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                Author and article information

                Affiliations
                [1 ]Institut d’Investigacions Biomèdiques August Pi i Sunyer (IDIBAPS) and Centro de Investigación Biomédica en Red de Diabetes y Enfermedades Metabólicas Asociadas (CIBERDEM), Hospital Clínic, C/Rosselló, 149-153, 08036, Barcelona, Spain
                [2 ]ISNI 0000 0001 1017 3210, GRID grid.7010.6, Department of Clinical and Molecular Sciences, DISCLIMO, , Università Politecnica delle Marche, ; Ancona, Italy
                [3 ]ISNI 0000 0001 2152 7926, GRID grid.418083.6, Experimental Models in Clinical Pathology, , INRCA-IRCCS National Institute, ; Ancona, Italy
                [4 ]ISNI 0000 0004 1784 7240, GRID grid.420421.1, , IRCCS MultiMedica, ; Milan, Italy
                Contributors
                gpujadas@clinic.cat
                +34 93 227 54 00 , aceriell@clinic.cat
                Journal
                Endocrine
                Endocrine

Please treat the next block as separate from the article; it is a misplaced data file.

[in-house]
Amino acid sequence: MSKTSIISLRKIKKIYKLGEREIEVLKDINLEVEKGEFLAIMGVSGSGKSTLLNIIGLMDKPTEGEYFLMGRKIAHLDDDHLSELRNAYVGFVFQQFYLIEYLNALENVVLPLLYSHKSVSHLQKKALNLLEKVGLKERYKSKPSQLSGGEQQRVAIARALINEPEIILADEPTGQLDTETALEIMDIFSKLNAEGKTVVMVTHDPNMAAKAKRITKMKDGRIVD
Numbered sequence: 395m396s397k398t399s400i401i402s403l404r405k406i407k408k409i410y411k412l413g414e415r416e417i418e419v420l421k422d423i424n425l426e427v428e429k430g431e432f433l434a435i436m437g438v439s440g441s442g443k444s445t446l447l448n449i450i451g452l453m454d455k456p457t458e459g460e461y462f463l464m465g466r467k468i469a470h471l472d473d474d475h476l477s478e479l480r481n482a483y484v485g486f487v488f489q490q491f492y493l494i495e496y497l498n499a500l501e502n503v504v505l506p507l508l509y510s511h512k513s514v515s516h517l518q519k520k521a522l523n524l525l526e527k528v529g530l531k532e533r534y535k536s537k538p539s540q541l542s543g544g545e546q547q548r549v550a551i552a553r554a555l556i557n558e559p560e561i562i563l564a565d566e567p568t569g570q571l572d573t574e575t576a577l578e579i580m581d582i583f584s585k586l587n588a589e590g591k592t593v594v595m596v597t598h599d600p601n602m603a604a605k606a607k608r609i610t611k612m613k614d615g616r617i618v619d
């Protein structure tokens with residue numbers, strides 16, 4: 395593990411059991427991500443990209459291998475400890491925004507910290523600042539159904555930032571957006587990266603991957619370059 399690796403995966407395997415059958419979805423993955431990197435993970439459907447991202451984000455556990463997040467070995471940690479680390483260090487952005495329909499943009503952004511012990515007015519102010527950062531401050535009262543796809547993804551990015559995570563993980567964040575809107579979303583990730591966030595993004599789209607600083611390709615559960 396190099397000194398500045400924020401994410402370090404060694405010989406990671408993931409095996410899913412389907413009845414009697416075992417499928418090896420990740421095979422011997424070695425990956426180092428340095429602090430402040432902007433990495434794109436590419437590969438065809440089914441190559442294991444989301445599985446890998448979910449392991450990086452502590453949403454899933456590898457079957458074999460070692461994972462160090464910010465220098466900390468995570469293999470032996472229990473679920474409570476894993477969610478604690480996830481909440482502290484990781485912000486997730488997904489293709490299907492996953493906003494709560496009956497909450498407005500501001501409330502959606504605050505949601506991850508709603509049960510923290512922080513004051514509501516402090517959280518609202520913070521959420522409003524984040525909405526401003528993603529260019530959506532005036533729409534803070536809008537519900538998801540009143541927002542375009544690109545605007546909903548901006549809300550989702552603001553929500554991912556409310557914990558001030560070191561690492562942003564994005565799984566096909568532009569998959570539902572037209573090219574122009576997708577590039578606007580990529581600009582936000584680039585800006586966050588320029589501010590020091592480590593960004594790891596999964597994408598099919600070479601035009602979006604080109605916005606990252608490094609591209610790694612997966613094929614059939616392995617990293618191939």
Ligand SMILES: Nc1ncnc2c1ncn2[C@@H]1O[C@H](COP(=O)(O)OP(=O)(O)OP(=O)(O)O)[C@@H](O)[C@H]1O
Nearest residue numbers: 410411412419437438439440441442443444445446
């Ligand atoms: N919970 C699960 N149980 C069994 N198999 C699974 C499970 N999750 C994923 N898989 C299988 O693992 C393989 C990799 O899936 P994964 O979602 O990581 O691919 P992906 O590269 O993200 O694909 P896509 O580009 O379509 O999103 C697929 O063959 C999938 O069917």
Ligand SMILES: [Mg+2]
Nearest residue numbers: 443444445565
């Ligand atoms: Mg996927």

Endocrine
                Springer US (New York )
                1355-008X
                1559-0100
                16 August 2016
                16 August 2016
                2017
                : 56
                : 3
                : 509-520
                27530507 5435779 1052 10.1007/s12020-016-1052-0
                © The Author(s) 2016

                This article is distributed under the terms of the Creative     Commons      Attribution       4.0      International      License ( http://creativecommons.org/licenses/by/4.0/), which permits unrestricted use, distribution, and reproduction in any medium, provided you give appropriate credit to the original author(s) and the source, provide a link to the Creative Commons license, and indicate if changes were made.

                Funding
                Funded by: Mitsubishi Tanabe Pharma Corporation
                Categories
                Original Article
                Custom metadata
                © Springer Science+Business Media New York 2017